Ok, the REAL fight is on. Starboard and Blackboard both have slates of directors. Both claim that they intend to run the company more efficiently. Frankly, neither side is very convincing. Tessera spends money on developing new semiconductor technology and on collecting money from players that use technology that Tessera developed and owns. And then there's DOC.
The obvious problem is that progress in semiconductor manufacturing involves a checkerboard of inventions, and even when a company's path from this year's product to next year's product crosses Tessera-owned squares, it can be difficult to prove in court. In the absence of easily enforced patents, the process is extremely messy. It's possible to nudge inventiveness into concentrating on areas where infringement is easier to prove, but it would be absurd to direct a research organization to work ONLY on ideas that lead to easily-enforced patents. But that is what both sides claim they intend to do in cutting overhead.
Starboard talks of potential customers offended by past legal actions against them. I can't see how you avoid the occasional lawsuit (and constant threat of lawsuits) in enforcing IP ownership. Hurt feelings aren't a huge consideration in this sort of business. With few exceptions (where a person IS the company) companies don't have feelings.
This has to be about the cash hoard. So I'm listening: who will [credibly] offer stockholders the bigger chunk of cash?
Who can best leverage the IP is what is key to Tessera's health. Past lawsuits did and does hurt them now. That's why they formed TIPS and Invensas. Thy changed the names to mask who's IP was trying to be leveraged. Didn't work so well so far. Their IP is getting very outdated and soon there will be better technology used in the next generation of products. Will Tessera be part of that tech? Without new licensed IP is doesn't look like it, so where will the $ come from? MEMs is about all they have left from their most recent acquisition activities. Will that pan out? Will they find a board or CEO that knows how to, or will Starboard be the right one? Not sure if an outside entity is the right choice here, but Tessera sure hasn't done much to show they can either.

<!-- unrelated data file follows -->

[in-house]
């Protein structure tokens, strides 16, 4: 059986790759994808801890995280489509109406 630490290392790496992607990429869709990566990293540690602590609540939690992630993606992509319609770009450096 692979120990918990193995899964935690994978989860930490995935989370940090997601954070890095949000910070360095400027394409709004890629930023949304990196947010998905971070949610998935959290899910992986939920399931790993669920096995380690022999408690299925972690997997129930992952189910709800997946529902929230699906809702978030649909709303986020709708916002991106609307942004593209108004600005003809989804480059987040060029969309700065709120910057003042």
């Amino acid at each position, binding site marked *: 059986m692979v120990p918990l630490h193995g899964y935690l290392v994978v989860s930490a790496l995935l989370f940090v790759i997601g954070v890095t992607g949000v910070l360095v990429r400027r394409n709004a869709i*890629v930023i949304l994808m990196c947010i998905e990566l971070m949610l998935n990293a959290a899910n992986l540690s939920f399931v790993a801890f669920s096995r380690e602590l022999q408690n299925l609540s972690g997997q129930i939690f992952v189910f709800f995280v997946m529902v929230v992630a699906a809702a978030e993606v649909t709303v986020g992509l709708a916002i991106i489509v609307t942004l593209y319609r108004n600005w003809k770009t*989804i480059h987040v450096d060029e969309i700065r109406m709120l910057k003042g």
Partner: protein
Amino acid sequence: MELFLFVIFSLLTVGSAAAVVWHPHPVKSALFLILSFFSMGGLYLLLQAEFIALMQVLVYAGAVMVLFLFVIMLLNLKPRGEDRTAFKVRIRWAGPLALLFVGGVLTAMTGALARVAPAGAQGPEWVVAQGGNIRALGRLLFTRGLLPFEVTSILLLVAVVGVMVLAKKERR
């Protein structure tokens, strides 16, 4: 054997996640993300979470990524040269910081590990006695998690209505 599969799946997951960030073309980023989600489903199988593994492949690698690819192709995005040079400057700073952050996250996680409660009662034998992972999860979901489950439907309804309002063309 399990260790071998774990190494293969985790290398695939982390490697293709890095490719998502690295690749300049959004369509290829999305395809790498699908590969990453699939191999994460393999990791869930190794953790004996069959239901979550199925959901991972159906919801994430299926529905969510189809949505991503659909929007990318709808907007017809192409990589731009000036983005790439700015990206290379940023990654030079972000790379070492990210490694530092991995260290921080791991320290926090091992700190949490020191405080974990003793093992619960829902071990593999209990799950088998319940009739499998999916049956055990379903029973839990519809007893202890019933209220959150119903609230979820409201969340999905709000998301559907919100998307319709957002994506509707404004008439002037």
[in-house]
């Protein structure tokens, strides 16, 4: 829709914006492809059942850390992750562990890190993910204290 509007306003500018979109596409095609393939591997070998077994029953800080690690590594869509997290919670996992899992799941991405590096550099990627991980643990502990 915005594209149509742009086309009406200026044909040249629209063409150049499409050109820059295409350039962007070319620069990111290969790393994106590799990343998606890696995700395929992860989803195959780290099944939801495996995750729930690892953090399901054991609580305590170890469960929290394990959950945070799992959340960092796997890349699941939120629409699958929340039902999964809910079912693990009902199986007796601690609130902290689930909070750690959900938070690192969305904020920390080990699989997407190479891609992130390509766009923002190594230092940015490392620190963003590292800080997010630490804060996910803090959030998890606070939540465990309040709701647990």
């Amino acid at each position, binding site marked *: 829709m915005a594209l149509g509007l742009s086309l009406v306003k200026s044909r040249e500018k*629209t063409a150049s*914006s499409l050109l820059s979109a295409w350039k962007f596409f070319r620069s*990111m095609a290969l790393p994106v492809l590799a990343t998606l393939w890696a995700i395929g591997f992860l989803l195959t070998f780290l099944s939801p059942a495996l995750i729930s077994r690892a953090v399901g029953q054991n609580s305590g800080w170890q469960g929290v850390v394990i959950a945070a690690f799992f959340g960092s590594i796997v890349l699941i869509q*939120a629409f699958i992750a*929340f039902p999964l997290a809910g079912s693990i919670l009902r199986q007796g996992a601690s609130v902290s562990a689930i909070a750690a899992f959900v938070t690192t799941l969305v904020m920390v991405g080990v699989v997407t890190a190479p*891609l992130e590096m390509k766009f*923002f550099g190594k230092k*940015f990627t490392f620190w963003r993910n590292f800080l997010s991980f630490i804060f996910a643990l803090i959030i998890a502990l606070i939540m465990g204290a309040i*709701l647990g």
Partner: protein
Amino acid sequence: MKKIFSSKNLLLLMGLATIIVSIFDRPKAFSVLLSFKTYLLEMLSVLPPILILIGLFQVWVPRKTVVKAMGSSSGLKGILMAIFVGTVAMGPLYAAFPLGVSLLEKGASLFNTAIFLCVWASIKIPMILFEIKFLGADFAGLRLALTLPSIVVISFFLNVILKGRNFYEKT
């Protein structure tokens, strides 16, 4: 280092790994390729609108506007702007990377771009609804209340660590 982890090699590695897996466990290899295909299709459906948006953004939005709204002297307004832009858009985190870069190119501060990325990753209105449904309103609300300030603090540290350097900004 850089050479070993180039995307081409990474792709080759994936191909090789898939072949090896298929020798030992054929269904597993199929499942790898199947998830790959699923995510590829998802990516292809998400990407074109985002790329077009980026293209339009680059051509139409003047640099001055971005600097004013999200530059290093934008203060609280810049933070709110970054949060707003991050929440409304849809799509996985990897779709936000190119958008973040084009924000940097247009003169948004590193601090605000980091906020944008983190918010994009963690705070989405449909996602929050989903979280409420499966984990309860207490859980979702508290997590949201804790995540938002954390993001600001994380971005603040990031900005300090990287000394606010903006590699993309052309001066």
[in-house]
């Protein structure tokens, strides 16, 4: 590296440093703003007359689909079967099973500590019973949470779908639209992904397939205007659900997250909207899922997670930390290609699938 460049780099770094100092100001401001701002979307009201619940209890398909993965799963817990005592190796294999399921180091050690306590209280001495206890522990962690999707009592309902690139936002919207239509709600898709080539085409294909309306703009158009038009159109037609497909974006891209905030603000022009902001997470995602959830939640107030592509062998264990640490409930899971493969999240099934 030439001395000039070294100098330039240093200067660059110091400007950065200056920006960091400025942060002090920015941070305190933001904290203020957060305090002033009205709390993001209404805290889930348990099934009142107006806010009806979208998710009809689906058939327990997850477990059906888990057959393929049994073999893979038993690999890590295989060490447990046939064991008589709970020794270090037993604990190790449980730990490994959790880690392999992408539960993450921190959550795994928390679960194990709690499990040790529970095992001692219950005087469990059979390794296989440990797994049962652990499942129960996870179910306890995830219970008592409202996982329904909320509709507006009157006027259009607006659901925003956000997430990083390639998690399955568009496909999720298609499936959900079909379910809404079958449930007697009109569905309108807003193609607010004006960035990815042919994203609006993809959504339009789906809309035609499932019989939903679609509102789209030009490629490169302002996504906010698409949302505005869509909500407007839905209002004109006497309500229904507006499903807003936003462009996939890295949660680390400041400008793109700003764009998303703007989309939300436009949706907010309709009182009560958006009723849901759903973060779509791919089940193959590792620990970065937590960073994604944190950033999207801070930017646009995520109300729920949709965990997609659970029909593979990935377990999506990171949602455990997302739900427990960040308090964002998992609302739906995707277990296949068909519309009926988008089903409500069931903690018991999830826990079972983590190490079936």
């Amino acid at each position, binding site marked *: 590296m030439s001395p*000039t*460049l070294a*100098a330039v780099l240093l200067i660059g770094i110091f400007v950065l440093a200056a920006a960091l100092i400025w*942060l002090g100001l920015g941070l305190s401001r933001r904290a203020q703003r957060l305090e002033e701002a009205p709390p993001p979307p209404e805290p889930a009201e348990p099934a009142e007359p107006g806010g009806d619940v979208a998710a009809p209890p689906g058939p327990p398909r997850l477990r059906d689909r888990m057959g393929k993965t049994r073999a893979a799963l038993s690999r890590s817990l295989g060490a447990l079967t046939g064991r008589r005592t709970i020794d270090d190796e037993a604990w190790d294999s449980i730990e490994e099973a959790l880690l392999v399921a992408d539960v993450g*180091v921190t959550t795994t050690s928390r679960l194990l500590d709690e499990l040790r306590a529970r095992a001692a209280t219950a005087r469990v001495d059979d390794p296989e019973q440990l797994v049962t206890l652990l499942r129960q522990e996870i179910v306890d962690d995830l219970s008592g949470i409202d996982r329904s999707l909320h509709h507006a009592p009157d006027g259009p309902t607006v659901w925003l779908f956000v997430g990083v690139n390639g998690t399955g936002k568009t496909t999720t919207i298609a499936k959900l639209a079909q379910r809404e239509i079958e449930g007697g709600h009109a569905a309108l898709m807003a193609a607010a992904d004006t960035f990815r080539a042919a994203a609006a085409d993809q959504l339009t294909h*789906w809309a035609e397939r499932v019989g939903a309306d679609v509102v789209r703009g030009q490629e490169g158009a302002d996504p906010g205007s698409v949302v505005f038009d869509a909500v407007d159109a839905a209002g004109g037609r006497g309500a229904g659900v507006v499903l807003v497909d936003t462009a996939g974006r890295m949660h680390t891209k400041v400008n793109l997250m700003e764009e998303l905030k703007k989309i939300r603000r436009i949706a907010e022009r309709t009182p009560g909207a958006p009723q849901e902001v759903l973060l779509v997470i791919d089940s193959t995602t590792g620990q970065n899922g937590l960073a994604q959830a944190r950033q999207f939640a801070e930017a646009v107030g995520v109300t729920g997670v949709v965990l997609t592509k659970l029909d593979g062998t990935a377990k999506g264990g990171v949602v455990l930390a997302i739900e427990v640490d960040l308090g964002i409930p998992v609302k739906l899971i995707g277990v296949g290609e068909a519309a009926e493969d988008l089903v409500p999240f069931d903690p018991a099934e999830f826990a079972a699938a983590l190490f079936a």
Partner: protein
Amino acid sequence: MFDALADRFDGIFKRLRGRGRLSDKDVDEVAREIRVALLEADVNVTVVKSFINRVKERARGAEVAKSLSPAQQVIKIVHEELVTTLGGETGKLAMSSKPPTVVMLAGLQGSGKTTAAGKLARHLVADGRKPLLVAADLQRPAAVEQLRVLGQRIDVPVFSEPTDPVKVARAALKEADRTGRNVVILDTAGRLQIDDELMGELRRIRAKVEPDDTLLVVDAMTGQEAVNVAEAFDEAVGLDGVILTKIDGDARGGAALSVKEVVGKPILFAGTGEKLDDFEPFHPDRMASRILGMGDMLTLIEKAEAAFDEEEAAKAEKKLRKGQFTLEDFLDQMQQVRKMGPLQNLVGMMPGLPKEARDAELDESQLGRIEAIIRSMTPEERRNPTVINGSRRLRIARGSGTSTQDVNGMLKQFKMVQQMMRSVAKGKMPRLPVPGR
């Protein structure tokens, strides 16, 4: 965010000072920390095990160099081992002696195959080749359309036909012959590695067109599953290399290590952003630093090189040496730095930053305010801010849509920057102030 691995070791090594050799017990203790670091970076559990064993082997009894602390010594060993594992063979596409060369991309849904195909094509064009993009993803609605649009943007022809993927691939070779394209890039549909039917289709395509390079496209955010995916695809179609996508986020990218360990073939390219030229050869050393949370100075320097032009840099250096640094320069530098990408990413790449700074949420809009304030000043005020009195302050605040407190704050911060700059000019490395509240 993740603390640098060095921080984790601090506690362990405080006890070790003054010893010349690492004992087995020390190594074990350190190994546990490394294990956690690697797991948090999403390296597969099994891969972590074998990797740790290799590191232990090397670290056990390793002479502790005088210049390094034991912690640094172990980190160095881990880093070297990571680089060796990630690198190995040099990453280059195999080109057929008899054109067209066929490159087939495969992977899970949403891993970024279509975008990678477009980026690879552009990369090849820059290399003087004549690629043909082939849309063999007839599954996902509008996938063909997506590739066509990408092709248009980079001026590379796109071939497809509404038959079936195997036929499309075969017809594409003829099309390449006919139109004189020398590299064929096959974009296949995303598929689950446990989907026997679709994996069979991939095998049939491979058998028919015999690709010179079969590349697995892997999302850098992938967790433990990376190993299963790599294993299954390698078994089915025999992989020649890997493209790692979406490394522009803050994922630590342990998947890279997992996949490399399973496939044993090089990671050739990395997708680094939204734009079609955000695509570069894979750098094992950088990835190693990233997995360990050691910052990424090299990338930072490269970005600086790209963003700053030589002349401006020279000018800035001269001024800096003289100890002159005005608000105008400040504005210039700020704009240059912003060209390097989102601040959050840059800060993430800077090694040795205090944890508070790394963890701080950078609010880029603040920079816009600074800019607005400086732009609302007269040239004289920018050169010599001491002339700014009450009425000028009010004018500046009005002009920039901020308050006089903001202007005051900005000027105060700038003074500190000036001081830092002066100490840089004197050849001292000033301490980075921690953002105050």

With the recent termination of so much talent I am not sure they can effectively run the company.
Tessera is not Rambus (which really DID try hard to collect royalties on prior art that came under the claims of their patents). You won't see the same "We'll bankrupt ourselves in court before we pay you" kind of resistance. What Tessera did was tough, probably as tough as you can get, but legitimate. Nobody is going to take licenses unless they are certain that they need to. Now maybe they want to avoid the kind of licenses Tessera used to use, but if the IP is worth it to customers they'll license it, and if they don't think they benefit enough from it, no license. Some of the stuff aimed at increasing yield and durability from the microPilar collection looks pretty generally useful. There's a lot of distribution layer housekeeping IP that's a bit long in the tooth, but lets a smallish shop get very dense parts out the door faster than newer approaches would.
As far as corporate relations go, it's probably more popular with the industry that Tessera no longer speaks of the substance of infringement disputes. The total blackout on licensing negotiations is probably more popular than any openness at all. But it's tough on us owners directly, and it's annoying to analysts, which is tough on us owners. And if Mr Intel smiles at Mr Tessera but doesn't take a license, I'm stuck with no new income and a stock that is depressed because analysts dislike the way they're treated.
But I have to think that a lot of the present battle is about who collects the nuisance fees when the cash hoard gets whacked up. Maybe someone hopes to turn it into an annuity. That's a problem whenever a company has a large underutilized asset. WE own it, but management gets to poke at it.